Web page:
Hilary VanVleet is the Noxon High FSPW Scholarship winner.

Posted on Friday, July 14th, 2017 by »

Hilary was awarded $300 for writing the best essay from Noxon High School for the 2017 FSPW scholarship competition.

The Froggy Float.

 By Hilary VanVleet, Noxon High School Class of 2017

Nature plays a massive role in the lives of those who are surrounded by it. From recreation to income, this area depends on the wilderness. There are countless great stories to tell about memorable experiences in the wilderness, but for me, one, in particular, comes to mind.

It was the fourth of July and the whole family had gathered. After a full morning of fishing, all of the kids were ready for a change of pace. A few weeks earlier our moms had given us a new idea. “Go down to the creek, take one of the old rafts, and float down until you can see the road, then climb back up and walk back. It should take you about an hour. We used to do that all the time when we were kids.”

After a short period of hustling around the property trying to find anything to be used as a flotation device and get everybody organized to leave, we were ready to go. I led the way, followed by my three cousins. Stepping a Keen-clad foot into the icy waters, I leapt a couple of feet into the rushing current, skipping over a mushy muddy area and into the clear, rocky middle. I turned around and helped the other three into the water, and we tied our rafts together to create a “train.”

After only a few yards, we were at the little dam, which had been built when we were younger to keep us from floating too far away from our mothers, and had to cross into uncharted territory. I helped the younger kids across and lifted their rafts high above my head to make sure they didn’t pop or get damaged. This process continued for a while. We would carry our rafts whenever the creek was too shallow, and grab a long stick to push away from the banks when it was deep enough to float.

We came to a spot where everybody had to climb out and carry their rafts across a miniature peninsula and crossed this gigantic muddy hole. All of the younger kids were nervous to cross it, for some reason I couldn’t figure out. I showed them the way across a balanced log that had fallen over, but about halfway across I looked down and saw the biggest creek frog I had ever encountered. It was massive! Close to the size of a bullfrog, and looking up at the four of us with baleful eyes.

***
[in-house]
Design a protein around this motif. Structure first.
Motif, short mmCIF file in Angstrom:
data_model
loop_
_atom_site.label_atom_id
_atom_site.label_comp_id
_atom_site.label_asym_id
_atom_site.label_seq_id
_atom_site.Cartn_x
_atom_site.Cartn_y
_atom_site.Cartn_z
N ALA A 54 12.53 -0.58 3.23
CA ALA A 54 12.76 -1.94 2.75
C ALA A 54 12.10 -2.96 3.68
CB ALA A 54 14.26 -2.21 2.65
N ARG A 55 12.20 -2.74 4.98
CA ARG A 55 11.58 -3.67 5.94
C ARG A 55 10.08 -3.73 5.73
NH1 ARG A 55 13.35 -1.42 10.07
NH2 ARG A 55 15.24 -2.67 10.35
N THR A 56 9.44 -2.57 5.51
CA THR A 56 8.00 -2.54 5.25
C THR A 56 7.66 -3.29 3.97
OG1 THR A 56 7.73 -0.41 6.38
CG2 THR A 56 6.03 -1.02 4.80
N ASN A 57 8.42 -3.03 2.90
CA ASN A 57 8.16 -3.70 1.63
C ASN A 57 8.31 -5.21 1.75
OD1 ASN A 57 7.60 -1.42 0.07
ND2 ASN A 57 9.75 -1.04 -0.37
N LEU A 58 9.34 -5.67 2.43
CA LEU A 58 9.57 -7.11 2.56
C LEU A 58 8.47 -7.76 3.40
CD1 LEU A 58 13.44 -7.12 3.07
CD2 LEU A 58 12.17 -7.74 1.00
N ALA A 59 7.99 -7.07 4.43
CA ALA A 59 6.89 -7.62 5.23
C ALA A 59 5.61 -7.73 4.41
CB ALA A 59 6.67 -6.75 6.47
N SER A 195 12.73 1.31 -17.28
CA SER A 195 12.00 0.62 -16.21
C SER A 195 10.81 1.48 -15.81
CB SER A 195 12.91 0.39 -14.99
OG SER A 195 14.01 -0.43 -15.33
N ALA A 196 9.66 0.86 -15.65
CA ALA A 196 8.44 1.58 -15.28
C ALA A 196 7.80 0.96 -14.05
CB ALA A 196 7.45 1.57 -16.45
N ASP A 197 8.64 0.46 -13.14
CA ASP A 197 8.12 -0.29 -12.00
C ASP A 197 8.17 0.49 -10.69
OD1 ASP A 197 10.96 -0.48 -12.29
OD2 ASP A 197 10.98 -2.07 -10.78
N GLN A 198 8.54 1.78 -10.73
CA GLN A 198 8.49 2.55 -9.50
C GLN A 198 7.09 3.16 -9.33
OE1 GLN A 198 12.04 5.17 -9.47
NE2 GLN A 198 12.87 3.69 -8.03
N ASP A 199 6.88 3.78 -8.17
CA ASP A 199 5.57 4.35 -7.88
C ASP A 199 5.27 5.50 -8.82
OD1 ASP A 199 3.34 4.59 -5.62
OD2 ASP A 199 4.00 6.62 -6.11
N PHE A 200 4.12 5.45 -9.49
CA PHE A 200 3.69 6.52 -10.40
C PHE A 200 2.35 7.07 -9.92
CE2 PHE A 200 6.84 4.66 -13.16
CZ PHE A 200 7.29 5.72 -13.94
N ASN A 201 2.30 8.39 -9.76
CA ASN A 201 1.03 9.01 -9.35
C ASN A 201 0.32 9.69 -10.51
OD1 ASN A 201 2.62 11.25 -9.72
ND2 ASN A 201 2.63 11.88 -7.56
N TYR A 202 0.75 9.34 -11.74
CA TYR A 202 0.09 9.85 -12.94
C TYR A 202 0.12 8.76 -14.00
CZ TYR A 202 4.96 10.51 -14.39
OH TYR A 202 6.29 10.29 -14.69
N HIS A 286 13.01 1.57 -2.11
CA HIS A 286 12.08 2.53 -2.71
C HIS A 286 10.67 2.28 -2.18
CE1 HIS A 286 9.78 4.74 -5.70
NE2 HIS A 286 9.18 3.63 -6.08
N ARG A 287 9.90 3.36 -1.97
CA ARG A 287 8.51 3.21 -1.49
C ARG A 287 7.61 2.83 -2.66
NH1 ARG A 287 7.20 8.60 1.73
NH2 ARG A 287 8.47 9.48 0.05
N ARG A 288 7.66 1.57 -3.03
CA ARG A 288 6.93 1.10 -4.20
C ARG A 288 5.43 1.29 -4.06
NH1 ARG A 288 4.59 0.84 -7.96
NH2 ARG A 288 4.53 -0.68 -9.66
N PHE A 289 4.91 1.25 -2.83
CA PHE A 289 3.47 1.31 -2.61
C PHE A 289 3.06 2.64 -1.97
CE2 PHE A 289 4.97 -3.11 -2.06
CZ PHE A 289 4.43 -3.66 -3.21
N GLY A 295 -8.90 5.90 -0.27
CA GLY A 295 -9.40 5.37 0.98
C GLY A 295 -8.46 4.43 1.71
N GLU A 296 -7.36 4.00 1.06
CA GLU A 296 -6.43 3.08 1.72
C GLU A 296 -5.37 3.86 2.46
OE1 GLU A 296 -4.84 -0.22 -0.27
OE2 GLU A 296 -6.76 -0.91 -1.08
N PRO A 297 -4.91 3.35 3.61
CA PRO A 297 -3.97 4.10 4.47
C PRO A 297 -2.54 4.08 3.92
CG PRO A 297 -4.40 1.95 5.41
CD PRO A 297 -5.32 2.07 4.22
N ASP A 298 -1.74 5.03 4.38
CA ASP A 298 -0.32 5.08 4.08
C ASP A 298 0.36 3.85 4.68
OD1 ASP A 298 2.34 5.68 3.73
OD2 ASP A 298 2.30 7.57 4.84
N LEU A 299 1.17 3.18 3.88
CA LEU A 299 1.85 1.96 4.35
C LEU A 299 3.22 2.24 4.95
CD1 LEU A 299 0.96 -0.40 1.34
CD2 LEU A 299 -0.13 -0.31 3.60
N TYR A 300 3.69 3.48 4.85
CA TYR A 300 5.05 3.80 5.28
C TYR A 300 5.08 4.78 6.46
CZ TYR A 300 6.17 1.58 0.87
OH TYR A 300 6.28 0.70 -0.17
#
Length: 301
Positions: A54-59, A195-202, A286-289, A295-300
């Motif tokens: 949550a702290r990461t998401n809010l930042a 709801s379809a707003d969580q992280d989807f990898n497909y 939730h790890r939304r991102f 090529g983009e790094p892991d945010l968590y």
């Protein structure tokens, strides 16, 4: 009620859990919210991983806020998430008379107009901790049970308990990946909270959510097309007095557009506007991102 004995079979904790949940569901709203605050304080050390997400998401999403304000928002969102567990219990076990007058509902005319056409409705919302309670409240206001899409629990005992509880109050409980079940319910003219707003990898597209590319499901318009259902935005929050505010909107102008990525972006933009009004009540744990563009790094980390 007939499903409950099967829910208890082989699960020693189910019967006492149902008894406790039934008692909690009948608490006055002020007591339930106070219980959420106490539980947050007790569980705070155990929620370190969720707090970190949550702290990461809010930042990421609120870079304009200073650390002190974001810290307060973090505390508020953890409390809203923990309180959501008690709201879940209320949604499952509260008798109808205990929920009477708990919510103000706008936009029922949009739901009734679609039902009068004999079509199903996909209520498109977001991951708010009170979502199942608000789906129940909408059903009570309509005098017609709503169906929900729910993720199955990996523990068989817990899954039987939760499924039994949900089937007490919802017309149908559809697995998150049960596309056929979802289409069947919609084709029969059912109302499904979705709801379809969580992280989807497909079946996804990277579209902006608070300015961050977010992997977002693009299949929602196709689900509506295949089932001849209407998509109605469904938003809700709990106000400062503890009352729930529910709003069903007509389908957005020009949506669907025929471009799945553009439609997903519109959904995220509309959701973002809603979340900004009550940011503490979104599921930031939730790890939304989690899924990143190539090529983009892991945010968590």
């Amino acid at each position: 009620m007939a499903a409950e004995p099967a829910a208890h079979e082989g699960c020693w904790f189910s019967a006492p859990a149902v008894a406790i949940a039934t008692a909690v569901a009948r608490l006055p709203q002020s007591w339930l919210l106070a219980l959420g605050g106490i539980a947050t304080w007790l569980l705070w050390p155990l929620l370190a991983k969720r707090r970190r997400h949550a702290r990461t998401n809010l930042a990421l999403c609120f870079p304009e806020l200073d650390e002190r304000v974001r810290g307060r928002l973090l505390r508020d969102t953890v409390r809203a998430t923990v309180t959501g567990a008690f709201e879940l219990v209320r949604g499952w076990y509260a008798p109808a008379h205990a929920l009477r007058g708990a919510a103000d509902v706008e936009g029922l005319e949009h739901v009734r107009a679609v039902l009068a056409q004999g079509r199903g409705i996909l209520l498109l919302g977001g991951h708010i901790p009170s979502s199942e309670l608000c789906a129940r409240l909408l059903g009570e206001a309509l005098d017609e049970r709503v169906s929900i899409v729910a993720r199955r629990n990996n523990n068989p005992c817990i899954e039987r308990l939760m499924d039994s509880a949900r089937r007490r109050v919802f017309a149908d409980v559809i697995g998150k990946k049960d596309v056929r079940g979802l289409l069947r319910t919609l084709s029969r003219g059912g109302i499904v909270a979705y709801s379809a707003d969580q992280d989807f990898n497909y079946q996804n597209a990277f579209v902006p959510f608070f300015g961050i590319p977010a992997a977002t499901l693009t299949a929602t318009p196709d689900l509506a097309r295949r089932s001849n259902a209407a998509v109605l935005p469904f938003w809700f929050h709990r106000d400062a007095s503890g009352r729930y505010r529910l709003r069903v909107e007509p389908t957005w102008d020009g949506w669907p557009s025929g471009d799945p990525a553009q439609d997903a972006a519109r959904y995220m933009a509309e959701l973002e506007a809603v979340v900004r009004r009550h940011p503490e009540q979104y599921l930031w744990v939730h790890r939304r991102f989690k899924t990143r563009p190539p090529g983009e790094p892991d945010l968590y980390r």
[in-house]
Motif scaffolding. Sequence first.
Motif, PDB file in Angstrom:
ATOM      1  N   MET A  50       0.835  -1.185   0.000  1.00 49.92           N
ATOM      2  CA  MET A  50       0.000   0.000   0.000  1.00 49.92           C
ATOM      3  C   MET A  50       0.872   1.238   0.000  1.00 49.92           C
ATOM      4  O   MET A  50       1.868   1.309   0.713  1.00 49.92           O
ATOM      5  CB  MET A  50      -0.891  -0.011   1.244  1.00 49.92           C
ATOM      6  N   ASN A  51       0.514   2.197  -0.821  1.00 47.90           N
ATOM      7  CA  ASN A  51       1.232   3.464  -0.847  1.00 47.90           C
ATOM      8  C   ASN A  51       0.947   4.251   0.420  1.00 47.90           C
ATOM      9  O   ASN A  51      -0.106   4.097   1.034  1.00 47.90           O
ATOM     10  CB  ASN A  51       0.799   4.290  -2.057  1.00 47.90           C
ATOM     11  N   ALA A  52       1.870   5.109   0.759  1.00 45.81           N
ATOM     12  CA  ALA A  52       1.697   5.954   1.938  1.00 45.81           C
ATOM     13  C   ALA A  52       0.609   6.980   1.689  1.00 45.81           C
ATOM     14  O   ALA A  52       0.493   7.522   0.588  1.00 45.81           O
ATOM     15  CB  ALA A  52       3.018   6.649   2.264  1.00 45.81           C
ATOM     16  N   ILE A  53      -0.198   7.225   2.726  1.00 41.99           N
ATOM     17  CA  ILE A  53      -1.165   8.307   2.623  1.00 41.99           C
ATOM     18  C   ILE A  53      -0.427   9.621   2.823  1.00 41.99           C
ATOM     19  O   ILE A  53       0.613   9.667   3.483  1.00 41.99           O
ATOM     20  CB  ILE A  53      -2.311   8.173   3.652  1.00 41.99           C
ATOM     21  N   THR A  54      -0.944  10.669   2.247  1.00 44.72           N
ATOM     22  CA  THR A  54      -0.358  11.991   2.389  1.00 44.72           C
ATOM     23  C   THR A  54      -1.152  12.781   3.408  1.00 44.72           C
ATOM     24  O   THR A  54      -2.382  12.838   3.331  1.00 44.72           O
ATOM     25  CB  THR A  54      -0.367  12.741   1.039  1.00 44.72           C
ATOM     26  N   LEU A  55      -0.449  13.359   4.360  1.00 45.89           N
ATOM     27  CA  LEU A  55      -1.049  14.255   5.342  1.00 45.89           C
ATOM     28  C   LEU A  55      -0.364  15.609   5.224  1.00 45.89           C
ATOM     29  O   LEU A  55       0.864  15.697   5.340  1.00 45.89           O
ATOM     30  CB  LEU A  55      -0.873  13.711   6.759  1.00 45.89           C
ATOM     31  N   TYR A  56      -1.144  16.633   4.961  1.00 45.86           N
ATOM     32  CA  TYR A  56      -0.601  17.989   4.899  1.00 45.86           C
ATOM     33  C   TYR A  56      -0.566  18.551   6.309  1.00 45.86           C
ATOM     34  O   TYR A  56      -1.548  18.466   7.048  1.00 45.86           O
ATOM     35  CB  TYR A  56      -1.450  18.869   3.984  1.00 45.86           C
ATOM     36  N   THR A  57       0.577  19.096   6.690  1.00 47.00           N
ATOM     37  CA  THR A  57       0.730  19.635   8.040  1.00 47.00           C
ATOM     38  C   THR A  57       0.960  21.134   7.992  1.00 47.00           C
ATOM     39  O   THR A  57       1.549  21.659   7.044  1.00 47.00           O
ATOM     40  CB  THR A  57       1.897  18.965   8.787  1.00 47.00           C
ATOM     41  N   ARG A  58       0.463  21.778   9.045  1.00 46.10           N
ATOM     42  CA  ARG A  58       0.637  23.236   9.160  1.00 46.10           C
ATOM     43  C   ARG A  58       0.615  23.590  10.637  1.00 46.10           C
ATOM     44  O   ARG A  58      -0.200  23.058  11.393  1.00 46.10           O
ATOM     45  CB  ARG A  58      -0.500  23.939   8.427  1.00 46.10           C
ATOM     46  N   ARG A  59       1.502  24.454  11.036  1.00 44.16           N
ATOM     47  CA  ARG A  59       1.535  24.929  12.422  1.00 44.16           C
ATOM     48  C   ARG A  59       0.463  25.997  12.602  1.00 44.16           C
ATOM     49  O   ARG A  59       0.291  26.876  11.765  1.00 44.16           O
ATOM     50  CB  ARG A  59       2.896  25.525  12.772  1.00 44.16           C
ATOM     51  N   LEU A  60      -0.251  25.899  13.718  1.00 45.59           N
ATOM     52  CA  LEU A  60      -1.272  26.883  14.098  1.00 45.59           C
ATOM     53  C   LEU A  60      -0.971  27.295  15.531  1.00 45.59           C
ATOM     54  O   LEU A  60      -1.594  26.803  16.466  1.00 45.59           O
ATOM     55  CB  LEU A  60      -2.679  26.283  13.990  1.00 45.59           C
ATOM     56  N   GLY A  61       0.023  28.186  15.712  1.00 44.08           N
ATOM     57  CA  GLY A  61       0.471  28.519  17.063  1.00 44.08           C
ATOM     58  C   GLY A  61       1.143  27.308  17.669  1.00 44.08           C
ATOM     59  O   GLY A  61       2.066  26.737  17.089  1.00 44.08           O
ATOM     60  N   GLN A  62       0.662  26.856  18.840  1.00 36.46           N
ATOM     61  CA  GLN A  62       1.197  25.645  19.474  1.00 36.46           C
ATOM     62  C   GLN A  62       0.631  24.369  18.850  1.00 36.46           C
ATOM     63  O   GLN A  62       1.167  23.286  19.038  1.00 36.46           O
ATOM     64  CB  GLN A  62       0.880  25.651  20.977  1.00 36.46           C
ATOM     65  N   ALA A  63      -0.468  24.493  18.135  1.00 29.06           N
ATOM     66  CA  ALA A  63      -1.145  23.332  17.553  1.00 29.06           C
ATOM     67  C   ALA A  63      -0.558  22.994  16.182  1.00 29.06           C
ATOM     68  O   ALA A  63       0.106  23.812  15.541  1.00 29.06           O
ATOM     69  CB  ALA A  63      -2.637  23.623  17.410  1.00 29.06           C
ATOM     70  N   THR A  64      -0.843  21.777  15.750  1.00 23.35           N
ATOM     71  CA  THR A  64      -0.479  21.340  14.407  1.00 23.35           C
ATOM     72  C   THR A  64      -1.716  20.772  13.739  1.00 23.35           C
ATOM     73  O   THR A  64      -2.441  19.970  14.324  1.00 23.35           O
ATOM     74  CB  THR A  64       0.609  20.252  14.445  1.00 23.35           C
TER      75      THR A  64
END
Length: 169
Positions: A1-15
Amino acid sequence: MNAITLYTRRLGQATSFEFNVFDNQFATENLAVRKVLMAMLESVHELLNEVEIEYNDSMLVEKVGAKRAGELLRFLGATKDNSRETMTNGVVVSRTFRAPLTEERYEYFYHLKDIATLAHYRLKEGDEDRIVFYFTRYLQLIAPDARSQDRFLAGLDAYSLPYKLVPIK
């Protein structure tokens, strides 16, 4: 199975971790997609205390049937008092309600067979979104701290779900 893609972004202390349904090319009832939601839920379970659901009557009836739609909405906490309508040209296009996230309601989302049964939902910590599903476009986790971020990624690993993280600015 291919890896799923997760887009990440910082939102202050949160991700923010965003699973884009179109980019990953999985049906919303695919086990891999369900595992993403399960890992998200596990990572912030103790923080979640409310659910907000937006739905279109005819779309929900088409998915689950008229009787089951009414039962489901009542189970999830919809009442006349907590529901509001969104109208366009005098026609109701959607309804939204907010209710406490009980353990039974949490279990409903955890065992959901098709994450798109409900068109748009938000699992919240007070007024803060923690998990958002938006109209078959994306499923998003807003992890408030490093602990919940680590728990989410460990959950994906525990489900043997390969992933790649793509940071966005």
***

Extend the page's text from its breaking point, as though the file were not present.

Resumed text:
I stopped mid stride and motioned to the others to be quiet. I started to crouch to try to get a better look at it, or maybe even catch it, but the second I moved, it was gone. I started to follow it and found more of its kind. After about my fifth try, I managed to catch one. I motioned to my cousins to come look, but they were all too scared. I kept the frog in my hand, making sure not to squish it, and showed it off to the kids, who were extremely unimpressed. I let my captive go, and continued on to floating.

I don’t know if I got lost during my frog chase, or if the area had really changed much since our parents were kids, but the area implied to us where we could climb up to the road never appeared. After what seemed like a long time, our path was blocked by a big tree that had fallen over and made continuing impossible. There was no way to get to the road, or out of the creek, so we had to walk upstream back to the cabin. I dragged the kids in their train most of the way, but I made sure to stop and look for frogs again.

This may seem like a mostly pointless story, and I suppose it is. That being said, I loved it. It’s a story of family bonding, fun summer activities, and adventures gone slightly wrong, which is why wilderness is so important to so many people. Without the wilderness, none of this would have happened. My cousins would never have floated down the creek, we wouldn’t have discovered new places, and I wouldn’t have been able to show the kids a little skill like catching frogs. Nature is such a big part of life around here, and little experiences like this make me grateful for where we live.

About The Author:

Sandy Compton is the program coordinator for Friends of Scotchman Peaks Wilderness. He grew up on a small farm/woodlot at the south end of the proposed wilderness and lives there still.

He is a storyteller and author of both fiction and non-fiction books, and the publisher at bluecreekpress.com.

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